Perils to academic freedom are not always bluntly identifiable in terms of sighting the gloved fists and jackboots of (offshore) tyrannies brazenly “cracking down” on minorities, refuseniks, dissidents. No, sometimes, the dangers arise from citizens who feel that, given their affiance to a vital, socio-political movement, they have a “right” to forcefully drive intellectuals from our desks and/or from lecture halls. Rather, we must cast a cold eye on all self-appointed guardians of public/ political “morality,” all of our domestic, “politically correct” versions of Iran’s “Morality Police,” and all the proponents of “Two-Minutes Hate” campaigns (as seen in Orwell’s 1984).
Although it is unpopular to say so, even communities articulating exquisitely righteous grievance cannot be permitted to stifle academic exchange or, for that matter, artistic expression. So, shame on our academic organs for not denouncing this serious, anti-democratic menace— and, yes, may a righteous degree of shame redound upon the WUC as well.
A necessary coda
When I wrote my Letter to the Editor of bulletin last July 18, 2023, it was a follow-up to a previous letter, sent in Fall 2022 (in response to the September 2022 bulletin editorial), whose content was similar (and which was, like the above letter, copied to the WUC), i.e., a protest against the facile criticism of the illiberal actions of noxious actors elsewhere, while domestic censorship prompted by social activists (of whatever ilk) gets studiously (pun intended) ignored.
I do object to that Canadian tendency to fault others for dogmatic discourse and violent bigotry, while not recognizing spasms of intolerance right here, within our own borders, especially when the perpetrators are not, for example, toxic-fume-spewing truckers lusting to “F**k Trudeau,” but persons who advocate social justice agendas that many of us support.
Yet, censorship is censorship, and I do not think that anyone’s allegedly “progressive” intent accords them fiat to decide who can speak and who must not. Indeed, the reason why we have a Charter of Rights and Freedoms—and supposedly liberal academic, journalistic, literary, and arts institutions—is to preserve space— amid the commons—for frank discussion, fierce debate, and free exchange of perspectives and positions.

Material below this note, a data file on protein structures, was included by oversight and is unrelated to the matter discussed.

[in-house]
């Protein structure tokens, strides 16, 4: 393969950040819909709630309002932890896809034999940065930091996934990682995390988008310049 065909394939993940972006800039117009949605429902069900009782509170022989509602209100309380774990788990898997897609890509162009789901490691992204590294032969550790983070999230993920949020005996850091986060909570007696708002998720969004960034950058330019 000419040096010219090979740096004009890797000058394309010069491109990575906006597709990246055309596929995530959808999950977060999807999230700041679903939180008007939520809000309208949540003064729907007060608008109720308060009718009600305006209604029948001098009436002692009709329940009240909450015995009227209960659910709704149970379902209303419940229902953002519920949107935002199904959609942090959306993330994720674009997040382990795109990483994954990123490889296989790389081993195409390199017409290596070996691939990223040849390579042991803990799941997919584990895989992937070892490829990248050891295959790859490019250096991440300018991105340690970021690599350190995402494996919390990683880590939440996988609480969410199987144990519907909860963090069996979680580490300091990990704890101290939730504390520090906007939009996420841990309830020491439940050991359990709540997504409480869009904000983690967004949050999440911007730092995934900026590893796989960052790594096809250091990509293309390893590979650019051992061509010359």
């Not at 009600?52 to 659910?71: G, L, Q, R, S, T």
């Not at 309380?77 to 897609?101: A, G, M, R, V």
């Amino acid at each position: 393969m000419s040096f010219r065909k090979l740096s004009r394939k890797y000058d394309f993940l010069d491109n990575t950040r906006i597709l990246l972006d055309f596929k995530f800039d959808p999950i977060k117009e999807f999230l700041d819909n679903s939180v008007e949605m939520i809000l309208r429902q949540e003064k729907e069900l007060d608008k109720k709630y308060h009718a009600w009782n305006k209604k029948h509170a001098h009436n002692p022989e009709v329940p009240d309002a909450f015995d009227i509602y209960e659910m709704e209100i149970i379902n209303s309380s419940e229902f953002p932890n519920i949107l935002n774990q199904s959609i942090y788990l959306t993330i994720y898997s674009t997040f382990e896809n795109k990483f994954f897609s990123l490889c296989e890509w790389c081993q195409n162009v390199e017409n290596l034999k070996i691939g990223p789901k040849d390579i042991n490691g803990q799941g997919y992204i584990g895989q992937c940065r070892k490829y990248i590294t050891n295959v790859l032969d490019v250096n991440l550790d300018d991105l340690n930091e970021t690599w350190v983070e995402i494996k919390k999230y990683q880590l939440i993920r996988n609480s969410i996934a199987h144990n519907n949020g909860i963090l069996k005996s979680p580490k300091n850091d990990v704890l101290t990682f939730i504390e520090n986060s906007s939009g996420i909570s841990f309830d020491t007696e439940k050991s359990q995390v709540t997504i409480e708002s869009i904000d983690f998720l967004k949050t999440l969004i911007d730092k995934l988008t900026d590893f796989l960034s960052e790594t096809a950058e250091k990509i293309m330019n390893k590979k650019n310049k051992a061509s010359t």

Thus, I am heartened to know now “that CAUT has recently adopted a policy in response to concerns about so-called ‘de-platforming’… The policy is consistent with our statement on academic freedom that states that no expression or idea, within the law, should be prohibited on a university or college campus.” I am quoting from CAUT Executive Director David Robinson’s email to me of August 3, 2023. He continues on to state, “A decision in January of this year by the University of Lethbridge administration to cancel a scheduled talk by a former academic of Mount Royal led us to issue this statement: https://www.caut.ca/latest/2023/02/caut-university-lethbridge-was-wrong-cancel-campus-talk”
I applaud this measure. But do other Canadian organs of opinion, creativity, and research uphold these principles? Well, I chose to “cc” my bulletin letters to the WUC executive because, in the winter of 2020, when I was first being aggressively “blacklisted”—and permitted no fair opportunity to rebut scurrilous defamation—the WUC said, replying to my appeal for aid, something like this: “We don’t want to raise the ire of communities that we are trying to court, and we fear that could happen if we offer you support. We feel for you, but you’re on your own.” Thus, I must call out hypocrisy when the WUC castigates— loudly—offshore fatwas issued by the usual suspects but is silent when the home-grown dictators of censorship are those who credit that a roaring bullhorn equals—organically—the promulgation of virtue. No! Here are the true moral equivalents: No human rights without civil liberties; and no civil liberties without human rights.
George Elliott Clarke
Department of English, University of Toronto